As inequality continues to grow, problems with the power of elite philanthropy remain unresolved and evermore pertinent
The question behind the Alliance issue in 2011 examining the influence of the Bill and Melinda Gates Foundation wasn’t original – it was a question that was common at the dawn of big philanthropy in the early 20th century but one which had faded until the explosion of mega-wealth in the late 20th and early 21st century: what should be the role of private wealth in setting agendas for the public good?
It was worth taking up that question because the Gates Foundation was something that had not been seen since the founding of Rockefeller and Ford Foundations, if ever: a private philanthropic foundation so large that it could potentially shift priorities of not just particular communities but whole countries, international agencies and the philanthropy and aid industry as a whole. To be clear, the question is not ‘does the Gates Foundation fund good and worthy causes?’, it is, ‘how much influence should it have on what good and worthy causes are funded, the way those causes are addressed, and which causes are prioritised by others?’.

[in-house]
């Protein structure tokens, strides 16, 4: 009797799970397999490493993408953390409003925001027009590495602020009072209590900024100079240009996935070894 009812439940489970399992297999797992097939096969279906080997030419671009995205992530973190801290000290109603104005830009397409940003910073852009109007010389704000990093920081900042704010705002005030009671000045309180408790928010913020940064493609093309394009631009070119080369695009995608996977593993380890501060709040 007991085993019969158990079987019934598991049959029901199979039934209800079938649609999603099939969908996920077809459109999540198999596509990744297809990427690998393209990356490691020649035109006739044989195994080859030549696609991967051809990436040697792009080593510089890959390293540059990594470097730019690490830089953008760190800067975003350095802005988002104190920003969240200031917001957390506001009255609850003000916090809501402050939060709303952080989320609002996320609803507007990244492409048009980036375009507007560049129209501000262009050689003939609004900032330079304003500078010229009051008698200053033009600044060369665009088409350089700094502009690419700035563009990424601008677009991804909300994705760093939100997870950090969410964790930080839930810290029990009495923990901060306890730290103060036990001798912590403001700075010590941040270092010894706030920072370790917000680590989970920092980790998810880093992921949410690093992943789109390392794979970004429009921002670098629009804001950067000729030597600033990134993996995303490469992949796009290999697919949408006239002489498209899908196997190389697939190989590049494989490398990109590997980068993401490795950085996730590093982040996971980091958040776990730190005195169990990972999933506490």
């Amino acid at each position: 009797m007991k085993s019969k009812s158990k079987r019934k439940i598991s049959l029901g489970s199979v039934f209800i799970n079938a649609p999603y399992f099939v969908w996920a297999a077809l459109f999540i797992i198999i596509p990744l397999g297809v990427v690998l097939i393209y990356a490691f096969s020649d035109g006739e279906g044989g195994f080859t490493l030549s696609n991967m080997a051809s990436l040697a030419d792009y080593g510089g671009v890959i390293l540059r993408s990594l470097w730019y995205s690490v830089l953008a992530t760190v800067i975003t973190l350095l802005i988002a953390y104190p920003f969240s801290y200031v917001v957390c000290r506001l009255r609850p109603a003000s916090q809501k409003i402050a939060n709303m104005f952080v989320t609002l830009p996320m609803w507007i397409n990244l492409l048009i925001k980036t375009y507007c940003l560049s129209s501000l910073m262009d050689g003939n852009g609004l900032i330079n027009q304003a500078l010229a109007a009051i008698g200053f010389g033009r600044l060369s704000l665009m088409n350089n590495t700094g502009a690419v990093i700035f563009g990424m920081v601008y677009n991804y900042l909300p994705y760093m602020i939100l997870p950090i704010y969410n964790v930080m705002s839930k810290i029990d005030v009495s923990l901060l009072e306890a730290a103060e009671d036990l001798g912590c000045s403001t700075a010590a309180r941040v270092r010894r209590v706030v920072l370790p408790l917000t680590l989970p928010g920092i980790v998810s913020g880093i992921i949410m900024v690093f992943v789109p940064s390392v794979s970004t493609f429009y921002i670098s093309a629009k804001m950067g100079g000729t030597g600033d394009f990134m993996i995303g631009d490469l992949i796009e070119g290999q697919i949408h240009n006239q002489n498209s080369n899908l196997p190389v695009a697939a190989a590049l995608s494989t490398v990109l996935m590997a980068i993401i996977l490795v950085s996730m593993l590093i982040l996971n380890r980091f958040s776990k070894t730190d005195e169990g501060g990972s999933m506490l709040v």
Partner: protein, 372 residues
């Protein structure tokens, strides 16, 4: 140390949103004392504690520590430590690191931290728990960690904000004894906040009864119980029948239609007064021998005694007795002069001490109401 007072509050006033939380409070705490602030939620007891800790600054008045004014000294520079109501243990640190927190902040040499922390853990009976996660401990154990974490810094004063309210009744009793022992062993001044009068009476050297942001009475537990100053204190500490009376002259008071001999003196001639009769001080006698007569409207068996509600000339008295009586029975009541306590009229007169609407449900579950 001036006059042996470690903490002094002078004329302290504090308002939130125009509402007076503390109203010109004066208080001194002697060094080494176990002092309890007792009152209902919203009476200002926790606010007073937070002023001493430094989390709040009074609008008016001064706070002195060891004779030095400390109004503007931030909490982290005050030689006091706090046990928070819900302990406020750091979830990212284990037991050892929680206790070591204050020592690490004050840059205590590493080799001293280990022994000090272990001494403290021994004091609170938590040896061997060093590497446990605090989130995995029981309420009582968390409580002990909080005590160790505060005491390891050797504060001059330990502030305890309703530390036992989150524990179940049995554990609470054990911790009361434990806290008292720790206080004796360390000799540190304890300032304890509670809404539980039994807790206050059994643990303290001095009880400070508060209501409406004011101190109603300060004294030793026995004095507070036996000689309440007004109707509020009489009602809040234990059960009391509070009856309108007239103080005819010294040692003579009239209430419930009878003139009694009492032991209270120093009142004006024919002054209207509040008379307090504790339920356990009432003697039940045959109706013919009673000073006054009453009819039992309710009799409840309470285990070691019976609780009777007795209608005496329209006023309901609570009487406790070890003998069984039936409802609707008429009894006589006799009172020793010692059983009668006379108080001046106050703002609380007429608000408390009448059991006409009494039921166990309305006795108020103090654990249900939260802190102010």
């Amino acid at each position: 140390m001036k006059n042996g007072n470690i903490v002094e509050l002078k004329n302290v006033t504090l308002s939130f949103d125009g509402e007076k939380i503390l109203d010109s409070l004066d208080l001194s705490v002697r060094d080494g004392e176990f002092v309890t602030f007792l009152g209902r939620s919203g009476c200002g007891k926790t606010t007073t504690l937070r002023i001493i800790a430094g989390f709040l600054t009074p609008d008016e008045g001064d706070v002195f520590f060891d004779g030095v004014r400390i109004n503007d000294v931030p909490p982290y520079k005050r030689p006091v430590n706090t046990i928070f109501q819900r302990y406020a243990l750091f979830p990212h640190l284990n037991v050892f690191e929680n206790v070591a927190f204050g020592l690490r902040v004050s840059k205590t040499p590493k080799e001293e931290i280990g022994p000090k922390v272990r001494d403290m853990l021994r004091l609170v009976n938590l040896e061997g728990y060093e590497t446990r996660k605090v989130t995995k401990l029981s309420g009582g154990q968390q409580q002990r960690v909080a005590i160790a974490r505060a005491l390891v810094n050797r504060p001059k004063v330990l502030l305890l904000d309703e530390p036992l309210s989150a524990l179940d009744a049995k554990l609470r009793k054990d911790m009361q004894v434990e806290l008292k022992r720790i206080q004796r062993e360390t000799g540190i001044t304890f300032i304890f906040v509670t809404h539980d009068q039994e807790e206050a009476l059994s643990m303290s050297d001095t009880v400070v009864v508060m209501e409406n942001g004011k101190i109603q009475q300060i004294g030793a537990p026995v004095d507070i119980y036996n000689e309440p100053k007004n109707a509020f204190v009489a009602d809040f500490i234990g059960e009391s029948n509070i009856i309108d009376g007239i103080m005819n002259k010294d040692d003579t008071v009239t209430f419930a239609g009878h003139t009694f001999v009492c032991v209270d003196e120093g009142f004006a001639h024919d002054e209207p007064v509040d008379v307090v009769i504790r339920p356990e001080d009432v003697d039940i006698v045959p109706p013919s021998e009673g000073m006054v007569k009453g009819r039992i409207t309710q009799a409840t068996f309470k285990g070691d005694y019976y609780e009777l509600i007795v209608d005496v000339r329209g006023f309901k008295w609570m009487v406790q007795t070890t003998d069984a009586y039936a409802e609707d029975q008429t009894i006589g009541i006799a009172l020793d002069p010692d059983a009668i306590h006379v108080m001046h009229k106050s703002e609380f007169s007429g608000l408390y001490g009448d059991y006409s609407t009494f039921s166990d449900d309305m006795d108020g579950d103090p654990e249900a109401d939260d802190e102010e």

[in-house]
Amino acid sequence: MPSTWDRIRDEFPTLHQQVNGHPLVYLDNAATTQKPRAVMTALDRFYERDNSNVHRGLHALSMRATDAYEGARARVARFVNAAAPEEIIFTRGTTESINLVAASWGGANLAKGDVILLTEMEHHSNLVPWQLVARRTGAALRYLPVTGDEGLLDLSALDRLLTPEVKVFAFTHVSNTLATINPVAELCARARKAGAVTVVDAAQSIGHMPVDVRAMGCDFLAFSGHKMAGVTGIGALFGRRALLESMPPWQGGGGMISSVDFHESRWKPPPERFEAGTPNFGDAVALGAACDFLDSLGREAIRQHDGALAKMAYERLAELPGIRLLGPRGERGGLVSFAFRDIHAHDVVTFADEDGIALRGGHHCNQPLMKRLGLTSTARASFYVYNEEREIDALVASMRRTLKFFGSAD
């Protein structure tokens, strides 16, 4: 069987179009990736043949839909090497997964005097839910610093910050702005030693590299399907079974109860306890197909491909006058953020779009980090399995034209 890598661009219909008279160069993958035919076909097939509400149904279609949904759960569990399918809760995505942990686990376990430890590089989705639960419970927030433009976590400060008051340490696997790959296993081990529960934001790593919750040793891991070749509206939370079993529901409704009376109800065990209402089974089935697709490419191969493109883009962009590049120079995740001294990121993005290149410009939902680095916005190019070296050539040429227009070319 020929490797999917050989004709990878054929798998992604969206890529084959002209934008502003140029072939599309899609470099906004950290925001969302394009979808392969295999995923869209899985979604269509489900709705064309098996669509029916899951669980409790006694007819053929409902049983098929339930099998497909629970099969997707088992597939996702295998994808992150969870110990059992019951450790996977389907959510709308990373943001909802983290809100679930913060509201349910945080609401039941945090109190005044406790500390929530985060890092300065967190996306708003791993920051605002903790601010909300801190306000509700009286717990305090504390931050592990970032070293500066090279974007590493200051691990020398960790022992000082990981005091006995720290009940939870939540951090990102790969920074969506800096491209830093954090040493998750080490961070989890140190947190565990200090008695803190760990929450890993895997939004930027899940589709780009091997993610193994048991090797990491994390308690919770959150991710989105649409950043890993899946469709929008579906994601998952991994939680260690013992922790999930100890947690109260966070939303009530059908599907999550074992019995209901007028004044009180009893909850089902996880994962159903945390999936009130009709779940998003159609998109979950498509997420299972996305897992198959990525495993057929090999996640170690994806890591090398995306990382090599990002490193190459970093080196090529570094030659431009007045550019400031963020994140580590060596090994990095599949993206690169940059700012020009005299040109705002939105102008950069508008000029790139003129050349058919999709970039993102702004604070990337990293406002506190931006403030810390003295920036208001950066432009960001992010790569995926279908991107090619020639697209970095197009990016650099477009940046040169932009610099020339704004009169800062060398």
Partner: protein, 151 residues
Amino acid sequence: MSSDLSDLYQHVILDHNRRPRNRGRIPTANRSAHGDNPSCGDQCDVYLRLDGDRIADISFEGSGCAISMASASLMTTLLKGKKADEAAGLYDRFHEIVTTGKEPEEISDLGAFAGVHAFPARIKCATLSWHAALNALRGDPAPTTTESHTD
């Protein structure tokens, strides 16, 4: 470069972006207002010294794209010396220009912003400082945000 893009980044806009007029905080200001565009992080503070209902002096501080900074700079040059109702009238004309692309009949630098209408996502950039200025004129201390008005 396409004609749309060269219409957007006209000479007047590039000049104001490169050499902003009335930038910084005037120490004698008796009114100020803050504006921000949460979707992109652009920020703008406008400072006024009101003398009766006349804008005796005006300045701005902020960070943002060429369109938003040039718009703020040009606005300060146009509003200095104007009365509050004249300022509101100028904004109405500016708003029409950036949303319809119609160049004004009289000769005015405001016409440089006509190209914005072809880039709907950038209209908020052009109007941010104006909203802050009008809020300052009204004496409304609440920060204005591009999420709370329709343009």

The foundation’s existence and influence has also unquestionably influenced the public’s expectations of billionaires, and billionaires’ perceptions of their responsibility to the public good.